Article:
Reflection: Most of the components and steps of this recipe were not new to us, but the recipe seemed hard because there were so many parts and it was hard to plan and time things well. Also, there wasn’t a demo, so we were trying to follow the written instructions from the website, but Chef said we could sear the beef first before we caramelized the vegetables, so that changed the timeline. Meanwhile, we were also working on the Navarin of lamb. It was just a really hectic day, and it was easy to get a little confused on which recipe we were prepping for, what needed to get done first, and things like that. I think if we did this again, it would go a lot smoother because I’d have a better idea of what the dependencies are and how long the various steps take. I didn’t really have time to taste this dish much except the sauce. It had a nice sweetness from the carrots. I think I will have to make this again just so I can sit down and eat it. One good thing was my searing on the beef came out pretty well today.

fundamentals of cookery: week 8 reflection

Goals: It’s the last week of class. I just need to survive a few more days of class and the final. I’m tired, but hopefully I can finish strong and not bomb the final.

Expectations: I think Ho’okipa will be fun, but breakfast will be hard. I already saw how hard poaching eggs was last week. Also, the final is going to be hard. I think it’ll be hard to balance doing a good job on vegetable cuts and everything else with time management.

Reflection of Experiences:
Friday was Ho’okipa. It was an easy and fun day. We had already prepped the day before, so a lot of the time we just relaxed and watched other students work. We had some team drama trying to decide on a plan for the night, but in the end things worked out, and we were all able to work together. Making the lobster cups wasn’t hard. It seems like most people liked the dish. Talking to the guests wasn’t my favorite part, but it went pretty well. Some cups went missing and re-appeared later, which threw us off a little, so some cups were missing ingredients. Overall, things went well and people were happy with the lobster.

Tuesday was a pretty hard day. I had to poach eggs again, which took me several more tries. Poaching seems simple, but I have a lot of trouble with it. After almost ten eggs, I finally got it right. Then, we worked on potato pancakes. I didn’t add enough oil, so a lot of them had little pockets where they didn’t brown. It’s hard getting the right amount of oil. Too little and you get those pockets. Too much and they soak up too much oil or get deep fried. Then we switched to doing fish again. It was actually a lot easier this second time to clean and fillet the fish. I had some trouble on one side of the fillet, but the other one came out pretty well. I almost sautéed the fish fillet on the wrong side, but I flipped it over early on, and it ended up being okay. I think I was on my way to burning the brown butter sauce, but Chef said to quickly take it off the heat and swirl a lot. It ended up being just right. Finally, we did hash browns and home fries. My first hash brown fell apart when I flipped it. My first home fries almost burned. Luckily, the second batches came out pretty well, but I should have moved the home fries around more.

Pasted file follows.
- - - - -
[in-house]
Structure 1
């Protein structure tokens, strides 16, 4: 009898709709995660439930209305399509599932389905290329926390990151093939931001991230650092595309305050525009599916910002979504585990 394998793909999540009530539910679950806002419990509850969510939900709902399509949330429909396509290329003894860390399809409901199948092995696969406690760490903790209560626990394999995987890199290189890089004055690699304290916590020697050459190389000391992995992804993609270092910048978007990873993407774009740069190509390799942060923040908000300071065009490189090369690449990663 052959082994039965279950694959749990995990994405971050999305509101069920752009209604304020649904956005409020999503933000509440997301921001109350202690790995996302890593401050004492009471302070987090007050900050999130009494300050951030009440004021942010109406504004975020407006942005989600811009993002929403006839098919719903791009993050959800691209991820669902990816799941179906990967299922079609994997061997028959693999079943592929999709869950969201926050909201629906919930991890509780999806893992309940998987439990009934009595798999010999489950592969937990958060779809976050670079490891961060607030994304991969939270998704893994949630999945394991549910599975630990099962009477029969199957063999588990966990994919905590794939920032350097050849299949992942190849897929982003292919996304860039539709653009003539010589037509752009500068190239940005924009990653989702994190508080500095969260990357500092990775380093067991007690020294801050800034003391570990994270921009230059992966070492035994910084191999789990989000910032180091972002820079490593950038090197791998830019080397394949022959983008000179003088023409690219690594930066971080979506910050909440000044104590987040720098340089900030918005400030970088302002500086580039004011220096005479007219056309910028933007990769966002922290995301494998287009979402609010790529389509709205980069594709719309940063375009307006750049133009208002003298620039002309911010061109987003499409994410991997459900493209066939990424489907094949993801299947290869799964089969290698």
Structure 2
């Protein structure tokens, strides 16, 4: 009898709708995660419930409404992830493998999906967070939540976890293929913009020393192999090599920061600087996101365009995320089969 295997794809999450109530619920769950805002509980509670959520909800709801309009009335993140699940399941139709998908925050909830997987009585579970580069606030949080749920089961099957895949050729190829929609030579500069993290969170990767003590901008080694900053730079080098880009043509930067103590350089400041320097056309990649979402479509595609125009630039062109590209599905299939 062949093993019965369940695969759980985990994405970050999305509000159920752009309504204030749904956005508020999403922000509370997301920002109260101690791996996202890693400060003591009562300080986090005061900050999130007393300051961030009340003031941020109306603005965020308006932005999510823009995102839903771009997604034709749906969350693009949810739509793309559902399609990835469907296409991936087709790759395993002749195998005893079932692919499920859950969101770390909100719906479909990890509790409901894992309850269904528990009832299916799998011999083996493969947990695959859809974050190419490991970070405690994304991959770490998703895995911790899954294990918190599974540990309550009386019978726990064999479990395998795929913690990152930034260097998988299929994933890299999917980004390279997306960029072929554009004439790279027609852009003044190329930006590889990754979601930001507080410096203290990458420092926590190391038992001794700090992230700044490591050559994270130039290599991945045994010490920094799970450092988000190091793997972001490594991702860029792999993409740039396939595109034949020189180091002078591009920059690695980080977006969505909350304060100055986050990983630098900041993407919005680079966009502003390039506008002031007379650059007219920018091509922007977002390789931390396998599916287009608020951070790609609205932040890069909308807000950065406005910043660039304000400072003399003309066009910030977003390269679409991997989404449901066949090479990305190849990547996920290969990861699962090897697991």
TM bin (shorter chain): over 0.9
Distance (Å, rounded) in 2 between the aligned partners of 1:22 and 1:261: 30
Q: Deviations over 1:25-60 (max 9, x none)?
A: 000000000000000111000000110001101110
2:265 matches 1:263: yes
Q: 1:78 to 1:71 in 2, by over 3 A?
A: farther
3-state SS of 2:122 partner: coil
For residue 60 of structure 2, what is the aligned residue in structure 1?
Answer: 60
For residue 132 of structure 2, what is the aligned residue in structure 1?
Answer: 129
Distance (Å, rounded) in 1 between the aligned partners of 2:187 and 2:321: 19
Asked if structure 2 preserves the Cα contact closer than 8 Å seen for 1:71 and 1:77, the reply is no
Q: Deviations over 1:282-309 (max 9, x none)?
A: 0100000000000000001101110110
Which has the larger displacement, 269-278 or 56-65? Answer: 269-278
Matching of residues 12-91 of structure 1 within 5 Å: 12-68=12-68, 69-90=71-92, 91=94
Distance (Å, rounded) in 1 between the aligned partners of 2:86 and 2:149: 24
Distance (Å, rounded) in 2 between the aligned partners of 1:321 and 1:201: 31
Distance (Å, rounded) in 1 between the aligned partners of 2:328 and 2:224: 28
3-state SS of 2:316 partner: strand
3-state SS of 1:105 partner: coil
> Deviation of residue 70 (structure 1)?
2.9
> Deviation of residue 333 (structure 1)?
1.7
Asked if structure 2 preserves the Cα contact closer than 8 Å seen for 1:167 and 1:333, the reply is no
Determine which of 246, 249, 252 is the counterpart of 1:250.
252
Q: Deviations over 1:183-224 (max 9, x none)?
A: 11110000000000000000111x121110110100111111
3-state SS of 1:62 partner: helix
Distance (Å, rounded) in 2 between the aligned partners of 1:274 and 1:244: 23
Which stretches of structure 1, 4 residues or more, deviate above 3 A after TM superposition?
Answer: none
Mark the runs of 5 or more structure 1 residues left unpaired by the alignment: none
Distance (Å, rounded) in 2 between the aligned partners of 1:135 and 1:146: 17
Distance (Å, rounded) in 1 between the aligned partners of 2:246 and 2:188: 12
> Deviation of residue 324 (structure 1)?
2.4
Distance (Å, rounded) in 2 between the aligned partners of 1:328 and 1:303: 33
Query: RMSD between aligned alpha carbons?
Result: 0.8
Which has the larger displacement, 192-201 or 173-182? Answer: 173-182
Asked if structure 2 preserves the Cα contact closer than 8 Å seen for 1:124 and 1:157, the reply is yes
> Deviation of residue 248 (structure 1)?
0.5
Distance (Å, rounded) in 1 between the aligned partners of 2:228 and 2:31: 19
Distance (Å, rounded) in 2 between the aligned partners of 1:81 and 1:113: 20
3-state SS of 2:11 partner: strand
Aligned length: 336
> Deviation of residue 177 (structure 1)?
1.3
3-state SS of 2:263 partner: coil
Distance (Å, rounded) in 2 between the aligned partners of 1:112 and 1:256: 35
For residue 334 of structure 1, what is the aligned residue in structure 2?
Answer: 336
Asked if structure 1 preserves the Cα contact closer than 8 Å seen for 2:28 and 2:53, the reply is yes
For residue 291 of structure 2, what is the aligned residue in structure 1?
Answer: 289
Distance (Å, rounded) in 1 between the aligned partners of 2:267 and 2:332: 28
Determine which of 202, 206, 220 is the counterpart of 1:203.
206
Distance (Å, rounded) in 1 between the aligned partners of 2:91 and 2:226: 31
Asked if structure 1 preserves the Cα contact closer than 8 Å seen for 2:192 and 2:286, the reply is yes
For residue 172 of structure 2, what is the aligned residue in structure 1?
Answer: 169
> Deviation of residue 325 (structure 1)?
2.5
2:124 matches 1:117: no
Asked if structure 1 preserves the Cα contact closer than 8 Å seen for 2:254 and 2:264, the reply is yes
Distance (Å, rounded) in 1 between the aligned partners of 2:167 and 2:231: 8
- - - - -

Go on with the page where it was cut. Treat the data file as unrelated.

Wednesday was another hard day. We cooked a lot of eggs – scrambled, fried, omelettes. The scrambled eggs and omelettes went pretty well for me, but I had a really hard time working on sunny side up and over easy. I just could not get those right. Either I undercooked the eggs or they were crispy; sometimes the yolks spontaneously broke; a few yolks broke when I tried to flip. It was pretty rough. I left those all to the end, but I couldn’t finish because I was having so much trouble with them. We also worked on pancakes and French toast. I had some issues with heat on both of them, but we made several batches, so some came out well. The pancakes were nice and fluffy with even browning since we used the griddle. It was a very busy day with some successes and many failed eggs. Being a breakfast cook must be really hard.

Thursday was the first day of the final. Overall, things went a lot better than I thought they would. Some things went slower, some faster, and I had to adjust my plan, but I finished a good amount of items and maintained a high enough level of quality. The day started off kind of rough; I was having some trouble trussing the chicken, and then I had to switch chickens because the skin didn’t cover the breast, so that ended up taking a lot longer than I planned. Then, after the chicken was done roasting, I was going to carve it up, but Chef said it was too hot so I had to let it rest longer. Then I realized I should do my pan gravy today, so I worked on that after I finished cutting the onions, celery, and carrots. Pan gravy was one of my favorite recipes, so I was glad to have that as a mystery competency. I was planning on de-boning the other chicken tomorrow, but it was already in my fridge, so I decided to work on that before the end of the day. I got it done in just under ten minutes, which was kind of surprising since last time it took 18 minutes. The plan was very helpful in getting organized and staying focused. What a relief to be done with half the final.

Positive Experiences:

Ho’okipa was a positive experience. We got to go to an event, work in teams, talk to guests, and have a new experience. It was a relaxing day, and we got to have some more fun. We also got to see all the prep involved in coming up with the recipe, portioning ingredients, and packing things for transport to the event.

The first day of the final ended up being a positive experience. I hit some setbacks and had to change my plan, but I worked through it, stayed focused, and had a good day. I had a lot of worries about the final, so it was nice that my plan went pretty well, and there were no disasters.

Humbling Moments:
Poaching eggs was humbling because it took two days and ten eggs. I had a ton of trouble with those eggs. It was a real struggle to get that right. Then, the sunny side up, over easy, over medium, and over hard eggs were even harder. In the end, I only could finish sunny side up. Eggs seem simple to cook, but they’re actually really hard to get right. It’ll take a ton more practice for me to start getting them right.

Of the things that I learned this week, I am best prepared to demonstrate to someone else? (list in bullet form)
-Fish, sauté
-Brown butter sauce
-Hash browns
-Home fries
-French toast
-Scrambled eggs

What feedback did I receive from my instructor and how did I use the information to improve my performance?
Chef said I had inconsistent cuts a couple weeks ago, so for the final, I made sure to get better consistency. I went slower, but I think it paid off because the cuts came out a lot better and I got all the points.

Chef gave a lot of feedback on all my botched eggs. I learned a lot about what not to do, but I need more practice to improve my execution. No crispy edges, no raw whites, not too much oil, keep the pan moving, no brown spots, no exposed yolk.